Evelyn Tribole, MS, RD

Elyse Resch, MS, RDN, CEDRD, Fiaedp, FADA

intuitiveEating.org

Intuitive eating is an approach allows you to create a healthy relationship with food, mind, and body. It helps you make peace with food and prevents the categorization of “good” and “bad” foods. These 10 principles will help guide you to eating intuitively.

  1. Reject the Diet Mentality - Throw out the diet books and magazine articles that offer you false hope of losing weight quickly, easily, and permanently.
  2. Honor Your Hunger - Keep your body biologically fed with adequate energy and carbohydrates. Once you reach the moment of excessive hunger, all intentions of moderate, conscious eating are fleeting and irrelevant. Learning to honor this first biological signal sets the stage for re-building trust with yourself and food.
  3. Make Peace with Food - Give yourself unconditional permission to eat. If you tell yourself that you “can't” or “shouldn't” have a particular food, it can lead to intense feelings of deprivation that build into uncontrollable cravings and, often, bingeing.
  4. Challenge the your inner critic - Scream a loud "NO" to thoughts in your head that declare you're "good" for eating minimal calories or "bad" because you ate a piece of chocolate cake.
  5. Respect Your Fullness - Listen for the body signals that tell you that you are no longer hungry. Observe the signs that show that you're comfortably full. Pause in the middle of a meal or food and ask yourself how the food tastes, and what is your current level of fullness?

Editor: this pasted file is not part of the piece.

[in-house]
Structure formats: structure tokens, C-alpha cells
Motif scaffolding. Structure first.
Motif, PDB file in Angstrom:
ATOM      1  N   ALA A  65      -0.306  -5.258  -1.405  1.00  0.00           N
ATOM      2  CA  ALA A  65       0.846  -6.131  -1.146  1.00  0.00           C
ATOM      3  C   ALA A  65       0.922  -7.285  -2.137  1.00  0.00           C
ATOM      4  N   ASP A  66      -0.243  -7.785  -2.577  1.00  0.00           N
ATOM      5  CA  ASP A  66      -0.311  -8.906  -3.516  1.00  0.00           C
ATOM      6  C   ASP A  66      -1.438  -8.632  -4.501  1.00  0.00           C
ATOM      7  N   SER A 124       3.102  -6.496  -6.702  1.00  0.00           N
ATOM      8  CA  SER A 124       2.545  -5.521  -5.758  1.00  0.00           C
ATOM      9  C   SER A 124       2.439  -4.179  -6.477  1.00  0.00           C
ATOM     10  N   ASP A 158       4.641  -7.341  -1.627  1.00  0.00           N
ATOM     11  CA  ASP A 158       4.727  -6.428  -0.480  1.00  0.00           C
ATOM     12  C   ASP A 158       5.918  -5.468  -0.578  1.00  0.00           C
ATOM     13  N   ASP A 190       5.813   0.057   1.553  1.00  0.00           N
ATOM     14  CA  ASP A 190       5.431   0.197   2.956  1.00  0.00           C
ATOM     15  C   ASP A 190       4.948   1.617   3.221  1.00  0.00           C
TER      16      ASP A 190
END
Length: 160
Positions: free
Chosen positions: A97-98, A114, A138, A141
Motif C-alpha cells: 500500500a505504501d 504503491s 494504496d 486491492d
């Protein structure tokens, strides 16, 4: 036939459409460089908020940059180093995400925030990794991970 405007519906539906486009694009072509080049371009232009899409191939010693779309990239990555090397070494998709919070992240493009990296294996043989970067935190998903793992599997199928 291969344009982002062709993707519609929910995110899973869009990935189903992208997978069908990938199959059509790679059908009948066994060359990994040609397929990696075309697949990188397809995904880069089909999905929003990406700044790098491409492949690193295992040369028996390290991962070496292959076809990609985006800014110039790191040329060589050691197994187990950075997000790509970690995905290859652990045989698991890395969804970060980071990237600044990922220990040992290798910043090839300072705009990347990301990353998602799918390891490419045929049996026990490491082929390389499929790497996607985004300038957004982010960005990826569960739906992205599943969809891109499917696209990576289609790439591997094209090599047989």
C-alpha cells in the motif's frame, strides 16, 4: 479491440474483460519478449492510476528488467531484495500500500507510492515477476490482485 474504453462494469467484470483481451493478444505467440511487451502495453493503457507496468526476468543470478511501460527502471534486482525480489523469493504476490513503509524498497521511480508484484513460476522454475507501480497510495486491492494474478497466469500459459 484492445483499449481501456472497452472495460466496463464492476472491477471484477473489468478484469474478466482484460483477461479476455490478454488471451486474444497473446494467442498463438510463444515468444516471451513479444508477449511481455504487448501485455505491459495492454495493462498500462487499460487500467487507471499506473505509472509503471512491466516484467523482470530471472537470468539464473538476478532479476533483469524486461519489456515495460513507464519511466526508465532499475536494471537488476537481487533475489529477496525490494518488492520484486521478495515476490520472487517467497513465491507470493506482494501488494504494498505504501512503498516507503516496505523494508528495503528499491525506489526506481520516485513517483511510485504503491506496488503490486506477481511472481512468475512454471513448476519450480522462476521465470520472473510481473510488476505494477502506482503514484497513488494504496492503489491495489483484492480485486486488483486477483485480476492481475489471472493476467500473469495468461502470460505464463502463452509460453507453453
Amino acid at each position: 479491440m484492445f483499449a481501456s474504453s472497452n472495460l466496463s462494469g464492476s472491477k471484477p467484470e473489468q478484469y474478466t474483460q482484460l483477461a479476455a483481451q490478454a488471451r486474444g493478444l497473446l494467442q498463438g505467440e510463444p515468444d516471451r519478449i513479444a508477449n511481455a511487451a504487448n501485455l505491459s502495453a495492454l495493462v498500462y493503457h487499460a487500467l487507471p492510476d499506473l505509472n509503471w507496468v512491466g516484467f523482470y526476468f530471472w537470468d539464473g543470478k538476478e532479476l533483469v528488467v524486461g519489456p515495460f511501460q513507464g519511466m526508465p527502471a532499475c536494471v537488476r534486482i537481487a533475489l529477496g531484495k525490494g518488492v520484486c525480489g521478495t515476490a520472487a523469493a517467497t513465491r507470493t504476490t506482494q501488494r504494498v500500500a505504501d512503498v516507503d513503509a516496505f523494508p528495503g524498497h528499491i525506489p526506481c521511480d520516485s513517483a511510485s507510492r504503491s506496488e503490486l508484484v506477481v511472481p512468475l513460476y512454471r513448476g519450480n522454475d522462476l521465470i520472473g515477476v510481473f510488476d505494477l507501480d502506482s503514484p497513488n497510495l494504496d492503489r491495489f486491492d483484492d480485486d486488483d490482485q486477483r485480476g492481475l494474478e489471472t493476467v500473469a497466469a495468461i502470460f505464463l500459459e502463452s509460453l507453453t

6. Discover the Satisfaction Factor - When you eat what you really want, in an environment that is inviting and conducive, the pleasure you derive will be a powerful force in helping you feel satisfied and content. By providing this experience for yourself, you will find that it takes much less food to decide you've had "enough".
  7. Honor Your Feelings Without Using Food - Find ways to comfort, nurture, distract, and resolve your issues without using food. Anxiety, loneliness, boredom, anger are emotions we all experience throughout life. Food won't fix feelings; if anything, eating for an emotional hunger will make you feel worse.
  8. Respect Your Body - Respect your body, so you can feel better about who you are. It's hard to reject the diet mentality if you are unrealistic and overly critical about your body shape.
  9. Exercise - Shift your focus to how it feels to move your body and how energized you are, rather than the burning calories. If you focus on how you feel, it can make the difference between rolling out of bed for a brisk morning walk or hitting the snooze alarm. If when you wake up, your only goal is to lose weight, it's usually not a motivating factor in that moment of time.
  10. Honor Your Health - Make food choices that honor your health and taste buds while making you feel well. You will not suddenly get a nutrient deficiency or gain weight from one snack, one meal, or one day of eating.

What is Intuitive Eating?


Nutrition

Intuitive Eating